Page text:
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Why healthcare for all is a feminist issue

Health charges for migrants are hitting women hardest. Yesterday feminist activists changed the sign on the new Millicent Fawcett statue in Parliament square in protest.

Image: Protestors in parliament square yesterday. Credit: Feminist Fightback

Yesterday dressed as suffragettes, activists from Feminist Fightback changed the sign on the new Millicent Fawcett statue in Parliament Square from ‘Courage calls to Courage Everywhere’ to ‘Feminists demand healthcare for all,’ in protest against NHS charges for migrants.

“We took this action because universal healthcare, like universal suffrage, is a feminist issue”, explained Eleanor Smith, who took part in the action. “This year marks 100 years since some women got the vote, but women under thirty and 2 million working-class women who did not meet the property qualification had to wait another 10 years. Today, there are exclusions too. Some people are eligible for free abortion and pregnancy services, which feminists have fought for, while others must pay enormous charges for the care they need.”

Migrants who are not considered ‘settled’ in the UK are now charged for these essential, life-saving services at 150% of the cost. Abortion is charged up front, costing £1,300 in an NHS hospital. Birth, including pre and post-natal care, is charged after the event and costs up to £7,000.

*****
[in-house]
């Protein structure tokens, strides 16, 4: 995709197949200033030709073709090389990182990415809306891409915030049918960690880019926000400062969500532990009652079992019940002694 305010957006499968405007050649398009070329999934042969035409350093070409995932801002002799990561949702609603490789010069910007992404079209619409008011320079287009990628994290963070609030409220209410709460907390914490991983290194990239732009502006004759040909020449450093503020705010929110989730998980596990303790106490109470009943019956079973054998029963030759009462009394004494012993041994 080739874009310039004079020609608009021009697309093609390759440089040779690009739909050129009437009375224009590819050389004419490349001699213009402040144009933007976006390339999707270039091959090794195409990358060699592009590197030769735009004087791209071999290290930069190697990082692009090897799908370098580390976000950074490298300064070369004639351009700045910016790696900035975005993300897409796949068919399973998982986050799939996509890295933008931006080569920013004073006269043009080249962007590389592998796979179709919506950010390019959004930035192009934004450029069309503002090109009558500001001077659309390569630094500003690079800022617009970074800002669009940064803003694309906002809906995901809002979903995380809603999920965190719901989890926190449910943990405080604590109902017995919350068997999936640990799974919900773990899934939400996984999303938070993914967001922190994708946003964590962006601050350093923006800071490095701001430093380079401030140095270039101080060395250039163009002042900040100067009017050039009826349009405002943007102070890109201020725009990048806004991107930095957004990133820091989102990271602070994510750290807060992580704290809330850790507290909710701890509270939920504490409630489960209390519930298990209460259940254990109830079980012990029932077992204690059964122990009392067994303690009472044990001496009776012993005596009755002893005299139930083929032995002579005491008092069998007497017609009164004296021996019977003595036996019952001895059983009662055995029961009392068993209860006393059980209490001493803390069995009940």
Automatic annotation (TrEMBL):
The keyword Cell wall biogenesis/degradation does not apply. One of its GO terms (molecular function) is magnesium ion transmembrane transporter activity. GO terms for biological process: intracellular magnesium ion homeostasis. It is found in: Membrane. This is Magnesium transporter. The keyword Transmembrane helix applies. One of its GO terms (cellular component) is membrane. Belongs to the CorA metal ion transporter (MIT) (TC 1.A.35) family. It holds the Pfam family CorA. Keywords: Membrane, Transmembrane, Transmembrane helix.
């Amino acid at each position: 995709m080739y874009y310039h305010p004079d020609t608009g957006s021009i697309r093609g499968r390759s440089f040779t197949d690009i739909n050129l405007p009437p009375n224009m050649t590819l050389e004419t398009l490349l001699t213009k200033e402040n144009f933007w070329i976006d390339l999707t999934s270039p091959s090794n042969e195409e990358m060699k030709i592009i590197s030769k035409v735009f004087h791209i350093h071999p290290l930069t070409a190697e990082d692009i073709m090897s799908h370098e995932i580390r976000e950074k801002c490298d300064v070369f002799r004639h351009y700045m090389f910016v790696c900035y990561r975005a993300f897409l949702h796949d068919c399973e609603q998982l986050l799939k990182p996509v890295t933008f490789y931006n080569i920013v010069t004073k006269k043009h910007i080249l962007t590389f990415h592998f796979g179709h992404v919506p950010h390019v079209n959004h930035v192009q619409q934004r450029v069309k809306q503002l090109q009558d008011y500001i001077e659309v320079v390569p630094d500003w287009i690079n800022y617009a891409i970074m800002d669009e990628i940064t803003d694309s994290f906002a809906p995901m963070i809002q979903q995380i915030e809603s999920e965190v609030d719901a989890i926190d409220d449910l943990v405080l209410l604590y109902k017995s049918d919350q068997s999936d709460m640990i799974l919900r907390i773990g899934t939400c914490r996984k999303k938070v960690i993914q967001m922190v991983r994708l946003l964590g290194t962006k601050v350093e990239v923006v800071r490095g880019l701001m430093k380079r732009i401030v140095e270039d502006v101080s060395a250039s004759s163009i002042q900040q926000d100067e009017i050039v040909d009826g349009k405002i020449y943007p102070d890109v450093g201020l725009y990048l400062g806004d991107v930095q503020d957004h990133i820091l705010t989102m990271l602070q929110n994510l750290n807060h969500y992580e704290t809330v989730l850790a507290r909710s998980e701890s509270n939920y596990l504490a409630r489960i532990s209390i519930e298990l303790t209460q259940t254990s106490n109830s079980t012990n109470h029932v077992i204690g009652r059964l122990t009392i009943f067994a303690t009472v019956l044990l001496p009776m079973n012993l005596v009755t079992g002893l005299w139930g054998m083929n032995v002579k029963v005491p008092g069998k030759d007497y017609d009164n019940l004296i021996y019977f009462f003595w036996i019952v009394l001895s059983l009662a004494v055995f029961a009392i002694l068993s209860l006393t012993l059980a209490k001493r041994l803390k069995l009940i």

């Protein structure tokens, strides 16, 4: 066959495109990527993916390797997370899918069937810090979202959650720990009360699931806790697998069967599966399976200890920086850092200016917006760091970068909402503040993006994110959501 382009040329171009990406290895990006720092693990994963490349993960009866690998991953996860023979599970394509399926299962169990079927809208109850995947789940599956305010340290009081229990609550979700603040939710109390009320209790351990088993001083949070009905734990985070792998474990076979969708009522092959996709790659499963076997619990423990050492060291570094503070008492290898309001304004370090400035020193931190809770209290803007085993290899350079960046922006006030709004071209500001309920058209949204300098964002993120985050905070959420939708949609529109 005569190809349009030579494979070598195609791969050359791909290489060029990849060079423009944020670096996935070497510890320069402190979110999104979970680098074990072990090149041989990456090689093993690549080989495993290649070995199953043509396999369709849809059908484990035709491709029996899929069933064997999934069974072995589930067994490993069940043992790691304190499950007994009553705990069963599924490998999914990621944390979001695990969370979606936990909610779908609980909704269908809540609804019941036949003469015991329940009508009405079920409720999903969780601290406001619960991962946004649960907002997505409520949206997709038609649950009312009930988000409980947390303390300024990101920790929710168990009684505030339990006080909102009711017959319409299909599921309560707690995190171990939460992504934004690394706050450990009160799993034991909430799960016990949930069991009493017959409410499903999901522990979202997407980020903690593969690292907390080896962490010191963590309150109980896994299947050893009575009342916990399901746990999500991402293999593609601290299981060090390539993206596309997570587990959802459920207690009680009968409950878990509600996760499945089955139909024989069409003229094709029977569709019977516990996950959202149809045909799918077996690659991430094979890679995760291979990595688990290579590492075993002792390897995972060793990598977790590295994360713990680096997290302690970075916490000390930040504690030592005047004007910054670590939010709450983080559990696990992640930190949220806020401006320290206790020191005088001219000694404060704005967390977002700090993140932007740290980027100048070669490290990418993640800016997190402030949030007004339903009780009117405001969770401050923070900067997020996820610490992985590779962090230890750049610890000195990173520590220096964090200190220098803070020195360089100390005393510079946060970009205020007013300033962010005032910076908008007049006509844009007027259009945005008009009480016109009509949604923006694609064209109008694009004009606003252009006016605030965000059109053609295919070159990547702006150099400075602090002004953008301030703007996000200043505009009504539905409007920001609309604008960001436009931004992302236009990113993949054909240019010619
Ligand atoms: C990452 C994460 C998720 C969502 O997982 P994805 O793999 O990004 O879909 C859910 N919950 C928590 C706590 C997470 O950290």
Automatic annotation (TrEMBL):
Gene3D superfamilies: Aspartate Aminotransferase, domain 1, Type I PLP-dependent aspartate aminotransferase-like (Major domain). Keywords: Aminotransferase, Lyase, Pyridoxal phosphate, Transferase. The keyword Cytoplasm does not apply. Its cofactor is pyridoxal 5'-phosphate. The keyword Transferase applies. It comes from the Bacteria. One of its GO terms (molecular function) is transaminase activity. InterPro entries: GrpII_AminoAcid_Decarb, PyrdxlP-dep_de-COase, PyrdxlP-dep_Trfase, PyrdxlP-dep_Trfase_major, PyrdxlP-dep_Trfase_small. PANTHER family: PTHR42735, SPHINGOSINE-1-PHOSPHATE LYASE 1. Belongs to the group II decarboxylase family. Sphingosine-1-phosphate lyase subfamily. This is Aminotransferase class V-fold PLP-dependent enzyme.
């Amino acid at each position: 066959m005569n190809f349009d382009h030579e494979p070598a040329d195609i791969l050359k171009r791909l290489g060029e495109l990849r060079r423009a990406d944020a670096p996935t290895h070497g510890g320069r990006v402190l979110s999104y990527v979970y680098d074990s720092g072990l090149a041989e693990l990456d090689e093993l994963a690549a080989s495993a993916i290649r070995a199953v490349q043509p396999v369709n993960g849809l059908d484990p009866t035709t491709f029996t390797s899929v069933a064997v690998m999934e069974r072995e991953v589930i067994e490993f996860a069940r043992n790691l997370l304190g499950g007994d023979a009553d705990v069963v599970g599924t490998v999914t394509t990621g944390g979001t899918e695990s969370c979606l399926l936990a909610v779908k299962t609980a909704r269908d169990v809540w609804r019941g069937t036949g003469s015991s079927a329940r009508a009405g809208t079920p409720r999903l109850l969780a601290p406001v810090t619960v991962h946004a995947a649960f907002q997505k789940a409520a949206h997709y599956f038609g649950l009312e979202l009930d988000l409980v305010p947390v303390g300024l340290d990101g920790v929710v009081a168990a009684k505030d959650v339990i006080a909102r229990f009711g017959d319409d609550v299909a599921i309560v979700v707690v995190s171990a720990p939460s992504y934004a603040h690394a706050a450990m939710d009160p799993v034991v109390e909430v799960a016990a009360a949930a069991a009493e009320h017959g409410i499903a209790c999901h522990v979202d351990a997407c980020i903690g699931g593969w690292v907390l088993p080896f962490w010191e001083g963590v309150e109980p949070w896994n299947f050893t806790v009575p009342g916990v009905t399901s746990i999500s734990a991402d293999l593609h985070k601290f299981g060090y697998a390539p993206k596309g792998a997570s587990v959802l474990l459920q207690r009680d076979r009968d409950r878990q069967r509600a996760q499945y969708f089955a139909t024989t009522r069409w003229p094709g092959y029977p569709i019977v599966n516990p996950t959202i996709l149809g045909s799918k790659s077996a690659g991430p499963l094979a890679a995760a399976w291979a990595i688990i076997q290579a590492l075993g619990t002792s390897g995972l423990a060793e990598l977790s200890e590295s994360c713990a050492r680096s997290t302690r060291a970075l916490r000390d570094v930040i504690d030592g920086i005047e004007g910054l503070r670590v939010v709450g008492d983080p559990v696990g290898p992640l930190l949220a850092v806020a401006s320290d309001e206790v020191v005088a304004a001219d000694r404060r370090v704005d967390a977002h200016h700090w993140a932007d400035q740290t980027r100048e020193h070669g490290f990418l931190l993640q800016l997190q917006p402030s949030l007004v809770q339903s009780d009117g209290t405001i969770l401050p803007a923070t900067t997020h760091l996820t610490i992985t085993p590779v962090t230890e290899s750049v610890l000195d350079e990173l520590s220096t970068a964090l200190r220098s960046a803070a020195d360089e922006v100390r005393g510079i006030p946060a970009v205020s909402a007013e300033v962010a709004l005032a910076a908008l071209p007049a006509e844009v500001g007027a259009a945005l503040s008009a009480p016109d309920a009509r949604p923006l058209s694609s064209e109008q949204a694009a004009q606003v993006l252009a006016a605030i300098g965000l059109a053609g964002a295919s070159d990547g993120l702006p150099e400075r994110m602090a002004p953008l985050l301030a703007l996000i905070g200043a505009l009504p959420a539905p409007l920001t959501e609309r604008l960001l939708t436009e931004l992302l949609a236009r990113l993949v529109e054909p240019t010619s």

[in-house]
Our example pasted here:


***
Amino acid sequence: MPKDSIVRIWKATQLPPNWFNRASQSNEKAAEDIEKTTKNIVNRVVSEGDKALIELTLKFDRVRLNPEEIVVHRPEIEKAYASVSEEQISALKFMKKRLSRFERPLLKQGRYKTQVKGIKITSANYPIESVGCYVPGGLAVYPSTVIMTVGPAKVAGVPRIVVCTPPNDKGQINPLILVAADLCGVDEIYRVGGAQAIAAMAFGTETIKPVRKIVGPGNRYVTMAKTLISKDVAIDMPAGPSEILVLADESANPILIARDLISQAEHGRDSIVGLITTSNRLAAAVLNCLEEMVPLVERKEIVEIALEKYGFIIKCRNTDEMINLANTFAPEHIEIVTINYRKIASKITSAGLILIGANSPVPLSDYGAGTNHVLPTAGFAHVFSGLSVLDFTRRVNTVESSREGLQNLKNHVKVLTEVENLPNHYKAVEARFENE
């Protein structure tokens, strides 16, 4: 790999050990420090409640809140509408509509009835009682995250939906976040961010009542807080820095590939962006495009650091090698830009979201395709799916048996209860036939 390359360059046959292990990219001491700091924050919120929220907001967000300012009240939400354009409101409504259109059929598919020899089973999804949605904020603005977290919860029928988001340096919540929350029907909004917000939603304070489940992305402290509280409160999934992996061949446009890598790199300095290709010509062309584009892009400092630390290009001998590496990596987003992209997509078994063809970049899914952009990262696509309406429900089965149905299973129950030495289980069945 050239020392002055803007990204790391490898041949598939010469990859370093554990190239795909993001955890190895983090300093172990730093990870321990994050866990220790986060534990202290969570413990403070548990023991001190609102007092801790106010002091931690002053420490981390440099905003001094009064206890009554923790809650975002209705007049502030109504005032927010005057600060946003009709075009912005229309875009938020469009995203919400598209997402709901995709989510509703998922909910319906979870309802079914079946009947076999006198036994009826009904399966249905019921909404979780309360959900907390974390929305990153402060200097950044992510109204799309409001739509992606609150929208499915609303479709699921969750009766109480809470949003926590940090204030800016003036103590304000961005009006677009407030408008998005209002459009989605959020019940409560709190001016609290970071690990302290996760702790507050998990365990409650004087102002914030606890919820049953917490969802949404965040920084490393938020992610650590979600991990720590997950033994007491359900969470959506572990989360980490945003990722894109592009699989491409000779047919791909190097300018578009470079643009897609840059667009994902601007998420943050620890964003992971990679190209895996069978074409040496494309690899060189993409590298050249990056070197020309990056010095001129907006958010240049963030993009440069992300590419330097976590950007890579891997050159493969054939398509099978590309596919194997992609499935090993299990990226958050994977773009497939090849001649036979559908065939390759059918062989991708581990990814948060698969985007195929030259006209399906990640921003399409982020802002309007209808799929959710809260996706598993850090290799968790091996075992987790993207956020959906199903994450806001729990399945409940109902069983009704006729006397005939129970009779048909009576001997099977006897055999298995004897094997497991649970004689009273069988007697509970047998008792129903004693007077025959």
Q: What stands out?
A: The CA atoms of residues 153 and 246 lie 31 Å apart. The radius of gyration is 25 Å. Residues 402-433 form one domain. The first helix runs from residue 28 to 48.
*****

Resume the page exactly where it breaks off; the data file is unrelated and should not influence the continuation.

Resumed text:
Hospitals may pass debts on to a debt collector who will harass the patient. In fear of debt, deportation or because they are unable to pay, some people do not access the healthcare they need, with devastating consequences. 

Beatrice came to the UK in 2012 from West Africa as a student and was disowned by her family after becoming pregnant. Because she did not have a visa, Beatrice was billed around £6,000 the day after her baby was born, a sum that is totally unaffordable for her. In the months after the birth, she was harassed by calls from debt collectors.

“It’s just me alone with my child. And they’re telling me you have to pay, when my child was four months. I almost went mad. I almost went crazy”, Beatrice said. “When they were calling me and saying I have to pay, I have to do this, there was a point I felt like just dying.”

Beatrice had several common but potentially dangerous medical conditions during the pregnancy. However, she told campaign group Maternity Action that if she had known about the charges, she would have avoided going to hospital and tried to give birth at home.

Image: Feminist Fightback

Rosa Campbell, another Feminist Fightback member, said, “We changed the banner because we do not uncritically celebrate Millicent Fawcett. Fawcett, like other suffragettes, was complicit in racism and imperialism. Fawcett was outraged that Maori women in New Zealand got the vote before British women. Ensuring everyone has access to the care they need, irrespective of immigration status, is a critical issue for feminists. We believe we must move forward with a feminism that challenges oppression and fights genuinely for justice for all.”

Get involved:

Come to a Feminist Fightback meeting and be part of the campaign to end the charges. The meetings are open to all women, including intersex, trans and cis women, and to people of diverse gender identities in need of feminist solidarity.

Get involved with Docs Not Cops.

Use the Patients not Passports toolkit to find out how you can start a campaign where you are or how you can take action if you’re a healthcare worker.


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